Ovens cooks up hot fishing
  |  First Published: March 2014

The extreme heat experienced during summer has done little to slow down the Murray cod fishing around the Wangaratta area. The great Murray cod fishing just powered through, which it should continue to do right throughout March.

Both the Ovens and King rivers have very healthy populations of Murray cod despite the high fishing pressure this season. The average size is not great though.

Murray cod

During March the Murray cod fishing should remain fantastic anywhere along the Ovens River from Myrtleford to Bundalong. As has been the case for the last few years, the high populations of Murray cod are upstream around Wangaratta while the bigger Murray cod seem to be in the far lower reaches of the river closer to Bundalong. It is not uncommon to hear reports of 15-20 cod caught in any given day in the Ovens River upstream of Wangaratta, with all fish often being undersize.

However, reports of those numbers closer to Bundalong are rare. In fact reports of more than just 2 or 3 cod a day down there are not common in those parts, but reports of large cod are becoming more and more frequent. So if you know what it is you are after, you can choose your location better.

If you want to try and catch a large Murray cod, head downstream to the Bundalong area. If you are after a sporting challenge and want to catch good numbers of cod, and size is irrelevant, head further upstream closer to Wangaratta.

The King River has been ticking over nicely. The King has not seen the same numbers of Murray cod caught as the Ovens, but has been a popular spot for anglers to fish, particularly local anglers that know how and where to access the river. The King River is harder to access than the Ovens and permission to cross private property is often required.

In both rivers surface fishing has been great fun again this season. I have been catching a lot of cod on the Koolabung Codwalker range of surface lures. I do have to admit though, the surface fishing has not been quite as good as it was last season, and this season I have been catching a lot more cod on spinnerbaits and hardbody diving lures.

Bait fishing has been very popular with anglers having good results fishing with bardi grubs. Anglers using smaller baits such as worms and freshwater shrimp have been catching a lot of small cod as well as the usual carp and occasional yellowbelly.


As is usually the case there has not been a huge amount of yellowbelly caught in the Wangaratta area this summer. Surprisingly the odd yellowbelly has turned up in the King River, which is not a common occurrence.

The far lower reaches of the Ovens River from Peechelba downstream has seen a few yellowbelly turning up on peoples lines, in particular for the bait anglers sitting on the bank at their campsite drowning some worms or freshwater shrimp.

I did hear of one bloke who managed to catch three yellowbelly in the one evening underneath the bridge on the Ovens River at the 7 Bridges. Multiple catches of yellowbelly in the Ovens River are not common at all. Yellowbelly bite well into March so the lower reaches of the Ovens River may just hold a few surprises for anybody planning to head down there.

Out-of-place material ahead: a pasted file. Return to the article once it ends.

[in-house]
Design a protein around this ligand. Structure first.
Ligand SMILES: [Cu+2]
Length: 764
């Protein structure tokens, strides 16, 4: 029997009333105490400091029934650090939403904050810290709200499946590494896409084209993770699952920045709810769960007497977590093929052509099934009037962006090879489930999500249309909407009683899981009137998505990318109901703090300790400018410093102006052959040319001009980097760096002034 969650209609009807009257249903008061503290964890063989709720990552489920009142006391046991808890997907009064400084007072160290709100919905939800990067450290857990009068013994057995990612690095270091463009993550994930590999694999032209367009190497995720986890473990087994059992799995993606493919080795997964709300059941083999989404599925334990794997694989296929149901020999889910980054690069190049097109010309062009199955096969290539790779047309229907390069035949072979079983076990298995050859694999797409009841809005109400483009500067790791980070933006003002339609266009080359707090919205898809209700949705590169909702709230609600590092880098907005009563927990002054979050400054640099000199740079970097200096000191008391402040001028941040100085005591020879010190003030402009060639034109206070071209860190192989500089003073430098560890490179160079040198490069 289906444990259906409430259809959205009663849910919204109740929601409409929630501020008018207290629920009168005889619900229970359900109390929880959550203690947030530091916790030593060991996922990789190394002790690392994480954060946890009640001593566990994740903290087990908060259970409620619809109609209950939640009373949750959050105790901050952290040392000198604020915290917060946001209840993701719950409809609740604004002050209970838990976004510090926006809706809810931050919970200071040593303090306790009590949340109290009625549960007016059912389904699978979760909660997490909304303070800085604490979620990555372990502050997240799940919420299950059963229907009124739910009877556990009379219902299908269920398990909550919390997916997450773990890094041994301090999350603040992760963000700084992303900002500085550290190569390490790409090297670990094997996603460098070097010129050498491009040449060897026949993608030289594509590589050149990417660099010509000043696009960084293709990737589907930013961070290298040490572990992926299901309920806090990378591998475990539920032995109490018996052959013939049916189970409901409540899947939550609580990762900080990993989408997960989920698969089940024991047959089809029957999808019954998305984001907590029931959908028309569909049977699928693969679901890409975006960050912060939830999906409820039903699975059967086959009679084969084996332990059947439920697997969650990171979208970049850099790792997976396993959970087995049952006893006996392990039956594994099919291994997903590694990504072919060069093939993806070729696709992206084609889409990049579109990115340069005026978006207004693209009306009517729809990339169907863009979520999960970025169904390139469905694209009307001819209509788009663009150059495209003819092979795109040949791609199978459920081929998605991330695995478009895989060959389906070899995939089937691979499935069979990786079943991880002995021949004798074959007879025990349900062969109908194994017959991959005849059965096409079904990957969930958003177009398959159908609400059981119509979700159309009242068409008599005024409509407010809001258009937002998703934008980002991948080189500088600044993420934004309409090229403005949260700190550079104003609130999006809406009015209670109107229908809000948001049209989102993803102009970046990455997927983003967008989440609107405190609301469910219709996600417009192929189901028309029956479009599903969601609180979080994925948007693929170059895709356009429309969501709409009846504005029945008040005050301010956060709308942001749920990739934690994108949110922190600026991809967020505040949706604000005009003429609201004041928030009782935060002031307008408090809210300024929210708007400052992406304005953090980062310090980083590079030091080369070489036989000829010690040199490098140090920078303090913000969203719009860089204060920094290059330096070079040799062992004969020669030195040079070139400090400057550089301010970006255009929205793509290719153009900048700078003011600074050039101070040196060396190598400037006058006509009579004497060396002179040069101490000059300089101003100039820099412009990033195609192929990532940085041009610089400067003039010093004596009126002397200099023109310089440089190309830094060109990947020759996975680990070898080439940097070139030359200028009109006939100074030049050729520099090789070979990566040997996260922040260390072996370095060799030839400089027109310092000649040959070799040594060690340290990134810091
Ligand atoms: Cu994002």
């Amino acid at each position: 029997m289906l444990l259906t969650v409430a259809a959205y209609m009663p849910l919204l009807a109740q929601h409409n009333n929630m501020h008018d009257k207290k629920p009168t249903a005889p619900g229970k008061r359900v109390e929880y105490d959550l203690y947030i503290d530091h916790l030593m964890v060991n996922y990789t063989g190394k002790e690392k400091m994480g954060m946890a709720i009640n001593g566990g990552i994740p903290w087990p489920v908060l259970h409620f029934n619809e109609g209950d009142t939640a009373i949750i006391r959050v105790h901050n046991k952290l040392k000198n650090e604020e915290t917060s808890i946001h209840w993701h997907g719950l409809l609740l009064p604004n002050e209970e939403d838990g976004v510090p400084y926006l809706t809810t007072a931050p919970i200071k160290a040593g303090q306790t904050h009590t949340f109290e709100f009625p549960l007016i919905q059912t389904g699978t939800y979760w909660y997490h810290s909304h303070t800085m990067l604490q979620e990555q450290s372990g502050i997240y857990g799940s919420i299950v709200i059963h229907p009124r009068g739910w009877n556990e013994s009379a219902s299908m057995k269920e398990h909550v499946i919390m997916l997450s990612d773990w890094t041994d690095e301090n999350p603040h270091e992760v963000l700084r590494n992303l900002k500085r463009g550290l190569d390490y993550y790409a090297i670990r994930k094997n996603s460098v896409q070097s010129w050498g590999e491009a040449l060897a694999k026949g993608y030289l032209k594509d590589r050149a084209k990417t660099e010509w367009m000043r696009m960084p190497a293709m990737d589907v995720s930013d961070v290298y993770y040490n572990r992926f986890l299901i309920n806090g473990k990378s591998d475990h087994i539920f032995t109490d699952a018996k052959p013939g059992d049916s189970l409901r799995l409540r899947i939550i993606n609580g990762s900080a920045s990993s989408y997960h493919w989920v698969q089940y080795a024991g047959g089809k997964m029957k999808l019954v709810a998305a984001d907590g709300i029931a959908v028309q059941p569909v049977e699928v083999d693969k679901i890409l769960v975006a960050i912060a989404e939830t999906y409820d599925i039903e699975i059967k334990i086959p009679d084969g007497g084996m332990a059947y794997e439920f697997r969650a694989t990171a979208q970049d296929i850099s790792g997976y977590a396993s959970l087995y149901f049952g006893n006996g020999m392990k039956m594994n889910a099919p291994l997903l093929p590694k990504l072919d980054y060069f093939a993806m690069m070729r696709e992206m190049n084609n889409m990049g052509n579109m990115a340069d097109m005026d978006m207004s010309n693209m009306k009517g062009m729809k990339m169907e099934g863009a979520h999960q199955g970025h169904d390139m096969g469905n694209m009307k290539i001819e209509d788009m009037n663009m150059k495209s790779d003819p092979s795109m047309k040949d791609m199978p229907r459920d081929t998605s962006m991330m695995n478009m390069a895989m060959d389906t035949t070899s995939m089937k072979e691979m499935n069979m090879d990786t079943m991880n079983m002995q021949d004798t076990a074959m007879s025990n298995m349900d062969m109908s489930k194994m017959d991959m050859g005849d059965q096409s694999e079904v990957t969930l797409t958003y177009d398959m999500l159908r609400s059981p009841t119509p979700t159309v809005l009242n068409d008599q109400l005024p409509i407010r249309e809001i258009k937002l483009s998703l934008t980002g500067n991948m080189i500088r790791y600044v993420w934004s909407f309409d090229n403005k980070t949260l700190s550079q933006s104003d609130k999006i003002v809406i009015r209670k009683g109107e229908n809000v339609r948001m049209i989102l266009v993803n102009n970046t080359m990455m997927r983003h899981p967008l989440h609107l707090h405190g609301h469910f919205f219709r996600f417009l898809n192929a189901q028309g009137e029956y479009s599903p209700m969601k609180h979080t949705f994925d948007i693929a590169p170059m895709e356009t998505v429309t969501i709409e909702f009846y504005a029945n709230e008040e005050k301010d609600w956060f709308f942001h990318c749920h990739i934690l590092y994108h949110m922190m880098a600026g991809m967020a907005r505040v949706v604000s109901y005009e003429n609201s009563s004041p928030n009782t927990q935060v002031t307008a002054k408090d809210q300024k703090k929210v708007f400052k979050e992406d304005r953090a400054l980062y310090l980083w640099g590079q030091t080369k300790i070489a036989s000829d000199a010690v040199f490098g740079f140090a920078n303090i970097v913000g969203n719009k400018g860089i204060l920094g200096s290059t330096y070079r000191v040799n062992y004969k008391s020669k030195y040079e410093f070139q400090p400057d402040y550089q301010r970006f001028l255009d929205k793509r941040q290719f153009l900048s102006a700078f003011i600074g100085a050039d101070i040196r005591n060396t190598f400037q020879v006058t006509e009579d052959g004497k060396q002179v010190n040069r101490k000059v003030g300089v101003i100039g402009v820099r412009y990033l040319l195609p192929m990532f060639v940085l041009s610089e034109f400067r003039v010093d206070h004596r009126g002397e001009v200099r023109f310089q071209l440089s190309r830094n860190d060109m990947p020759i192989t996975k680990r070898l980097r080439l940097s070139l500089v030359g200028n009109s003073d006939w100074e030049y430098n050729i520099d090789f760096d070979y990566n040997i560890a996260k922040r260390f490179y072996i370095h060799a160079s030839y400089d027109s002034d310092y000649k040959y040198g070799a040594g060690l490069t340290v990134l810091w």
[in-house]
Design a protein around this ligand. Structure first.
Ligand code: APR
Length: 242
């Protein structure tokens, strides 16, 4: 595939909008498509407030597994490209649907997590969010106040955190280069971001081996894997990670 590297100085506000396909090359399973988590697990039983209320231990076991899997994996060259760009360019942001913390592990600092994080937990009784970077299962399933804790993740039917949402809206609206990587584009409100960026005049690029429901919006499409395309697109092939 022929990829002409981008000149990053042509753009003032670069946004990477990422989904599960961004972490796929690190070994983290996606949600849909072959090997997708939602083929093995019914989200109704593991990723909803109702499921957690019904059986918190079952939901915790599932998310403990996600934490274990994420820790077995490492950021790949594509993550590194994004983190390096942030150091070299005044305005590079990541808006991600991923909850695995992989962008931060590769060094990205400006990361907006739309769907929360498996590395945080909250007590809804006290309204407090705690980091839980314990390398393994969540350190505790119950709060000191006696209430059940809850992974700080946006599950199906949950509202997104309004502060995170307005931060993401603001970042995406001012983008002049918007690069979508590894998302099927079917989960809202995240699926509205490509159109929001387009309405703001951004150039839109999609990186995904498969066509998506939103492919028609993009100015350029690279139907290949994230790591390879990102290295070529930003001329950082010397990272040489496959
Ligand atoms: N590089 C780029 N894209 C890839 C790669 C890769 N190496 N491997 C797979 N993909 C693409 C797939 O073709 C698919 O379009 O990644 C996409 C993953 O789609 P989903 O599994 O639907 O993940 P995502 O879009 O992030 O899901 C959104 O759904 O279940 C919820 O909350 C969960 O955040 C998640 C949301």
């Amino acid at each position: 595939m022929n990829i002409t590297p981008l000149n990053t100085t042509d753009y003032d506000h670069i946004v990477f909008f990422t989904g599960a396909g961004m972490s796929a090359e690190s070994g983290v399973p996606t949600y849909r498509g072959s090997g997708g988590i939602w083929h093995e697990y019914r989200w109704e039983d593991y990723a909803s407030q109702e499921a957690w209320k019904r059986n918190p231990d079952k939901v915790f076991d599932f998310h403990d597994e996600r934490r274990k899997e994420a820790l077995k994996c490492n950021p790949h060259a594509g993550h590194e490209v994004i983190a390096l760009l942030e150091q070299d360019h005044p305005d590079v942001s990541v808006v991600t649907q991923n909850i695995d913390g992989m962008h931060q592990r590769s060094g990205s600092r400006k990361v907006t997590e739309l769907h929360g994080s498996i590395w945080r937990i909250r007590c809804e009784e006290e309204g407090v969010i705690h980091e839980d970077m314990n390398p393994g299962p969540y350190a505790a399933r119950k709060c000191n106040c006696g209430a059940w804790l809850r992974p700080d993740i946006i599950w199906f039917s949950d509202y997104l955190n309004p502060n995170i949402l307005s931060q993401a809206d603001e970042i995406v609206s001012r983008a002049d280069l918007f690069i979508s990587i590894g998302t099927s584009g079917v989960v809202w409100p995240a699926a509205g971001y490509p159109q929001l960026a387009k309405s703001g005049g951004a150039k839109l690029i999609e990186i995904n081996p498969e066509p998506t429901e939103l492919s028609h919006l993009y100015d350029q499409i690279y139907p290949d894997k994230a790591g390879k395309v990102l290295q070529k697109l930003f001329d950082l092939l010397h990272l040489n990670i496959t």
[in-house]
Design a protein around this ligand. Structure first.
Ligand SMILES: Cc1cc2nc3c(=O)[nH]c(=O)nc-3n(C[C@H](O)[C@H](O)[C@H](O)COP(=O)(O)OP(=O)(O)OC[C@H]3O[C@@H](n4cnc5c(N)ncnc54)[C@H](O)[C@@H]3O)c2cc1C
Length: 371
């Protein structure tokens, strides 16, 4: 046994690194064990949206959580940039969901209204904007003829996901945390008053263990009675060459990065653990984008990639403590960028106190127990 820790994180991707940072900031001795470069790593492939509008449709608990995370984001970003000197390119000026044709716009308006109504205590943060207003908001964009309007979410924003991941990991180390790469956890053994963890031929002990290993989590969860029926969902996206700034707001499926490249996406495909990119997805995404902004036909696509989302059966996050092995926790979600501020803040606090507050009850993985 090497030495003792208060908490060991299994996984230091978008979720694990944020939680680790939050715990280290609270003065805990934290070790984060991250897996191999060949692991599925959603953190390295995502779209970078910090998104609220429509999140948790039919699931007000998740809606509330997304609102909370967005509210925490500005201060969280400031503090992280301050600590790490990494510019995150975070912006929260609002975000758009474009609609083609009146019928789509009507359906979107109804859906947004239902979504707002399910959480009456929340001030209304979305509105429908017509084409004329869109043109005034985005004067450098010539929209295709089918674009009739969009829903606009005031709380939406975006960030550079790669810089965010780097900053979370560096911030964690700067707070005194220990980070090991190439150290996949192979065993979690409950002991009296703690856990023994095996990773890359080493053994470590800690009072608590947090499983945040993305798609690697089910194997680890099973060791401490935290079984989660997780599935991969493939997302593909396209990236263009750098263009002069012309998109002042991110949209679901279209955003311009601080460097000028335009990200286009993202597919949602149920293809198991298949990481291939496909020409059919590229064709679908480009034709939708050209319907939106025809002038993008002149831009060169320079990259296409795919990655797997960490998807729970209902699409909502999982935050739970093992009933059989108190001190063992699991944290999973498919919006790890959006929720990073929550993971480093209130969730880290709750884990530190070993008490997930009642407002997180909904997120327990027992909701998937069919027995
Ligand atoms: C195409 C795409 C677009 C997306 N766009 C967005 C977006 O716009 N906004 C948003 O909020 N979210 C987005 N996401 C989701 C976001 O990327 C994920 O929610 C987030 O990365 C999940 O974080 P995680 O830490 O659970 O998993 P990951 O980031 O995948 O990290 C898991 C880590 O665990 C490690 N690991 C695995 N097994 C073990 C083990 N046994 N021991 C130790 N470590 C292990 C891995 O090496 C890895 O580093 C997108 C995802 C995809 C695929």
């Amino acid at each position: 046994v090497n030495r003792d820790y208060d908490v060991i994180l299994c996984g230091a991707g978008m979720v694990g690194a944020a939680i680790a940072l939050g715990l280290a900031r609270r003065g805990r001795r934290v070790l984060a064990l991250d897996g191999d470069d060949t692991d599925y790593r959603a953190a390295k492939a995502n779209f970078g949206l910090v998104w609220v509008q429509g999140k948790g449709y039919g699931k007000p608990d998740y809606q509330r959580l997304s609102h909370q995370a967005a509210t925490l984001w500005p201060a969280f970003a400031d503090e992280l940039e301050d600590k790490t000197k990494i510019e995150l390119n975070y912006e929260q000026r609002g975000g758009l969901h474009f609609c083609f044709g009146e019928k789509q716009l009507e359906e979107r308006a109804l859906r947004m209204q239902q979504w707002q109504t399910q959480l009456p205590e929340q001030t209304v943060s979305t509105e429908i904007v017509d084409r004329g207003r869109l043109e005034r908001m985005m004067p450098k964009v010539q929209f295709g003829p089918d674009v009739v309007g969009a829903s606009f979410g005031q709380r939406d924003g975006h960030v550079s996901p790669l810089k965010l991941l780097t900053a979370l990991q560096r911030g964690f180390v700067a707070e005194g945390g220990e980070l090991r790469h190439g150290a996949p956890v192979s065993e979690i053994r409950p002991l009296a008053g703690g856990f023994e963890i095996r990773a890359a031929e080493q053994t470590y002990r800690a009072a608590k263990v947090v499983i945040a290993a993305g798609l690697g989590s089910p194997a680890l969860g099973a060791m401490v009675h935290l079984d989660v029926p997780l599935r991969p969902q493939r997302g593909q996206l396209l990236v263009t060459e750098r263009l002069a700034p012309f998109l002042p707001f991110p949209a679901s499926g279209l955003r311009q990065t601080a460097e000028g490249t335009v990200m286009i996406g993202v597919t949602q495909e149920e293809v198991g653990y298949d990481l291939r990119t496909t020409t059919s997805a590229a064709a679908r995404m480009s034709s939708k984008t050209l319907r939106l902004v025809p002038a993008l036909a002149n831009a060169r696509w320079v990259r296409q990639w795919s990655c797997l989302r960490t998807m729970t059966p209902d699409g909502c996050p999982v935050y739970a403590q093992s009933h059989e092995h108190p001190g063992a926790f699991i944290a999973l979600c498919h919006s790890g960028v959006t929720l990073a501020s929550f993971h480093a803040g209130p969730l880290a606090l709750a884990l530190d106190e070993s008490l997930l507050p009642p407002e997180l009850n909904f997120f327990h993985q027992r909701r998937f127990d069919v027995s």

The redfin took their time to fire this summer. Lake William Hovell was a bit patchy at the start but by February people were catching good numbers of small redfin with a few larger fish thrown into the mix. The 7g blades and small-sized soft plastics have been doing the damage.

March is a fantastic time of the year to head to Lake William Hovell chasing redfin. As the water level drops, the redfin usually start to get active. Try fishing with soft plastics such as a 2-3” curl-tail grub, or ribbon-tail minnow. If you’re casting from the bank, cast your plastic out, let it sink to the bottom and then bob it up and down along the bottom as you retrieve it. If you're in a boat or kayak, try just gently bobbing the soft plastic up and down along the bottom. If it's not too windy, do this while drifting and as soon as you catch a couple of fish, lower the anchor and concentrate on that spot.

Blades are a fantastic redfin lure in Lake William Hovell. Blades such as the 7g TT Switchblade, or Berkley BigEye blade work well. Towards the end of the month as the water starts to cool down you may even find yourself hooked onto a trout.


The trout fishing has been poor at best all summer. Some streams have managed to hold onto a few trout, but they really have been few and far between.

In March as the water starts to cool down it will be worth looking around for the right streams to target. The Buckland River has been producing a few trout over summer, so too has the Buffalo River. With the trout numbers at such a low level, now is a good time to consider catch and release fishing until the trout populations bounce back up in the next couple of years.



The tranquil Lake William Hovell.


Paul Love with a King River Murray cod caught on a green StumpJumper.


The author with a 78cm mud-marlin (European carp) from the King River. He had some fun dragging this big fella in!


Mates Joey Barca and Brett Corker with a nice Murray cod that Joey caught on New Year's Eve.

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